Very few, if any, saw this coming.

Yeah, the Texas Rangers are a damn good team.  But c’mon, this is the Yankees we’re talking about.  They’ve been penciled into the 2010 World Series since they won the 2009 Series.

But, as they say, that’s why they play the games.

To the uneducated observer, it would appear as though the Rangers were the perennial playoff team and the Yankees were the team that just won its first ever playoff series.

The fact that the opposite is true only makes what the Rangers accomplished that much more impressive.

First, let’s review my series preview (as you may recall, I predicted the Rangers in six).

I mentioned two key factors that would play a major impact in the outcome of the series: the rest factor and the star factor.

Boy did they ever.

First, concerning the rest factor, I noted that there was a legitimate possibility that the Yankees could come out flat, allowing the Rangers to jump out to an early lead at home.  Well, they did, but unfortunately for the Rangers, the bullpen couldn’t hold their 5-0 lead and the Yankees stole Game 1.  Still, the Rangers proved to themselves that they could beat the Yankees.  And that was all they needed.

Then, the stars.  This is where the series really took shape.  Bottom line: the Rangers stars were up to the task and the Yankees stars faltered.

I’ll recap this with a review of the key players for each team:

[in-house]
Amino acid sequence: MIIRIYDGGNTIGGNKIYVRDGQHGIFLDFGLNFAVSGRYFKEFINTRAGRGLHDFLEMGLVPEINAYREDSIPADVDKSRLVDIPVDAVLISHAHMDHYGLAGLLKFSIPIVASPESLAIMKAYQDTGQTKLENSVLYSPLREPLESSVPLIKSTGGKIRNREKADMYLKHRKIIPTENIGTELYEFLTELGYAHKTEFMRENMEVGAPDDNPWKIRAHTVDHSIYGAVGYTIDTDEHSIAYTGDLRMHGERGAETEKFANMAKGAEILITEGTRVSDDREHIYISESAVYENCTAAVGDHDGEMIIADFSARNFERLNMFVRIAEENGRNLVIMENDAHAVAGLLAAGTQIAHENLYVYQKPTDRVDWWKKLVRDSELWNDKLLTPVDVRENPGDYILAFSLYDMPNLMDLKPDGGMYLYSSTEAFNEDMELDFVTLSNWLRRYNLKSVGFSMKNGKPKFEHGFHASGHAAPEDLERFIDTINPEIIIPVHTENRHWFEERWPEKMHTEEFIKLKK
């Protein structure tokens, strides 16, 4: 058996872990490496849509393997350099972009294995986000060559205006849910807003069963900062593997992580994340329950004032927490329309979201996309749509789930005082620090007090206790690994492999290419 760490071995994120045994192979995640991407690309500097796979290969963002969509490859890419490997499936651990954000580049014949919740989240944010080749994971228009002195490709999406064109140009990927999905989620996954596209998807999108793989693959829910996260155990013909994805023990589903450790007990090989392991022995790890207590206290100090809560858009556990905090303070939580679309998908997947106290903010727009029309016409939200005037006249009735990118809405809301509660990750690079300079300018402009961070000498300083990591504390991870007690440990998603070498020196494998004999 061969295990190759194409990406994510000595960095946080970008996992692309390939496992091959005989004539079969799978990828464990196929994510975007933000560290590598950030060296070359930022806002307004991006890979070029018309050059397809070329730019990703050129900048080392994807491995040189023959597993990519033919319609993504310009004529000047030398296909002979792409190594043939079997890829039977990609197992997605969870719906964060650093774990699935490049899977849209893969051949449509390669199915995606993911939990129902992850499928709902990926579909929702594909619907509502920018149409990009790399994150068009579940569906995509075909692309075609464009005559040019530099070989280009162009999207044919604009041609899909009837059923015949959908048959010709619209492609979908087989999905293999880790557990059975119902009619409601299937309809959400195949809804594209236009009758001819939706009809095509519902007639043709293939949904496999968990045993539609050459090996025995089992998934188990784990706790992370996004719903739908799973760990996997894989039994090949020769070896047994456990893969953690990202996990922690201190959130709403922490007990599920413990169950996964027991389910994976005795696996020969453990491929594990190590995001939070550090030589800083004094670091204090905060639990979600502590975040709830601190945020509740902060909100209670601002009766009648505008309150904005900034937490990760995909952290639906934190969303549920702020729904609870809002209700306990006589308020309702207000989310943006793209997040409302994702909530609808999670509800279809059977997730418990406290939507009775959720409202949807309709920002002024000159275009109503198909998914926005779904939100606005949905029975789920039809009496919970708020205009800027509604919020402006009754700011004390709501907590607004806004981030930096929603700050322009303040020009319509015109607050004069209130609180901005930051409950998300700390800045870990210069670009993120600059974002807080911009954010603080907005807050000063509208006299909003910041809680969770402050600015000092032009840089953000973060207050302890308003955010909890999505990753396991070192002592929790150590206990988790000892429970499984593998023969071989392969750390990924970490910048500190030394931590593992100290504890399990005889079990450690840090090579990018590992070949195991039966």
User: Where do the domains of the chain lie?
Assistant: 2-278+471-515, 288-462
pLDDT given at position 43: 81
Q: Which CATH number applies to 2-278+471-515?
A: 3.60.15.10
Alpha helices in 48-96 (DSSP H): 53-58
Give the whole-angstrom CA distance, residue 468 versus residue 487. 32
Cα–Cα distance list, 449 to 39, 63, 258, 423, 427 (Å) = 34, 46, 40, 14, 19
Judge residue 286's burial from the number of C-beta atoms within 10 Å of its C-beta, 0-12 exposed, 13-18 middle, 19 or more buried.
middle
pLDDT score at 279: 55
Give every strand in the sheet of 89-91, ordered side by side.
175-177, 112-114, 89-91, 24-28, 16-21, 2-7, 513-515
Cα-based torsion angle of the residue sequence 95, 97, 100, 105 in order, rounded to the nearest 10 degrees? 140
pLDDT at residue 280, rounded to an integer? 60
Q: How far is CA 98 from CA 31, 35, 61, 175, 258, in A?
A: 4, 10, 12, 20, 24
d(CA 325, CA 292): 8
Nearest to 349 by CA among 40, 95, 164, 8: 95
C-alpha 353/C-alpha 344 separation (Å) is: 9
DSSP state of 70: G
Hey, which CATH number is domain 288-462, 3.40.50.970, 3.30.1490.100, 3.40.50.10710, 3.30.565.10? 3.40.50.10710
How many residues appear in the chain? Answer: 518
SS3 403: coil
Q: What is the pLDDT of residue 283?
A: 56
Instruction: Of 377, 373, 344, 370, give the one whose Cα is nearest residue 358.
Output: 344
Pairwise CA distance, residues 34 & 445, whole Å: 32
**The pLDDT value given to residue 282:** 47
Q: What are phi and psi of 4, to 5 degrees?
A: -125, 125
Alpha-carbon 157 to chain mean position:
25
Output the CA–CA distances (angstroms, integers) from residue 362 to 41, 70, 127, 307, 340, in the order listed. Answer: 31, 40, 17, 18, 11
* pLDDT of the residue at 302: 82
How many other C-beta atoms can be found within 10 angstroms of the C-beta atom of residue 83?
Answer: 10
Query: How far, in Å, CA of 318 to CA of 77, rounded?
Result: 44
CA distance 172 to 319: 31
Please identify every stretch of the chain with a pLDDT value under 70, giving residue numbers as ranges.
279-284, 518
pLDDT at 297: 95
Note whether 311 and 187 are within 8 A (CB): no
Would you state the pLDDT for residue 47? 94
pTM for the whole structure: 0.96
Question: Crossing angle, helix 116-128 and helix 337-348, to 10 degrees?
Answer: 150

Elvis Andrus – .333/.379/.407, 2 RBI, 4 R, 4 SB, 2 BB/3 K
Nelson Cruz – .350/.435/.800, 2 HR, 5 RBI, 6 R, 3 BB/6 K
Vlad Guerrero – .269/.269/.346, 3 RBI, 2 R, 0 BB/8 K
*Josh Hamilton – .350/.536/1.000, 4 HR, 7 RBI, 6 R, 4 SB, 8 BB/4 K
Ian Kinsler – .250/.333/.400, 3 RBI, 1 R, 2 SB, 3 BB/3 K
Michael Young – .333/.357/.444, 4 RBI, 3 R, 1 BB/7 K
Cliff Lee – 8 IP, 1-0, 13 K/1 BB, 2 H, 0 ER, 0.375 WHIP, 0.00 ERA


Robinson Cano – .348/.375/.913, 4 HR, 5 RBI, 5 R, 1 BB/3 K
Derek Jeter – .231/.286/.423, 1 RBI, 2 R, 2 BB/7 K
Alex Rodriguez – .190/.320/.286, 2 RBI, 4 R, 1 SB, 3 BB/4 K 
#Mark Texeira – .000/.176/.000, 1 R, 3 BB/4 K
Phil Hughes – 8.2 IP, 0-2, 6 K/7 BB, 14 H, 11 ER, 2.423 WHIP, 11.42 ERA
Andy Pettitte – 7 IP, 0-1, 5 K/0 BB, 5 H, 2 ER, 0.714 WHIP, 2.57 ERA
CC Sabathia – 10 IP, 1-0, 10 K/4 BB, 17 H, 7 ER, 2.100 WHIP, 6.30 ERA

#Injured in Game 4

As you can see, the Rangers came out and got the job done.  Some—Cruz, Hamilton and Lee—were nearly unstoppable, while the rest held their ground and came up big when it was most crucial.

The Yankees, on the other hand, got almost nothing out of their stars.  Cano was spectacular, but he got no help from the rest of the lineup and the only game the Yankees got good starting pitching (Pettitte in Game 3), they couldn’t muster up enough run support to pull out the victory.


Before I wrap this up, I want to note the stellar performances by Colby Lewis.  Lewis—who pitched in Japan the last two years—was dominant against a potent Yankees lineup, shutting them down to the tune of 9 hits and three earned runs over 13.2 innings, posting a 1.98 ERA and a 1.098 WHIP in two victories. 

Lewis’ ace-like performances took the pressure off Cliff Lee and the offense, and quite possibly was the key player in the series.

Now, the Rangers will rest, fine tune and prepare themselves for the biggest stage they’ve ever seen.  Their opponent in the World Series, be it the Giants or the Phillies, will have their hands full with this group.  It should be quite the spectacular sight to see the dominant rotation that comes out of the NL face off against this group of violent and deadly bats.

Baseball fans, we’re in for a treat.

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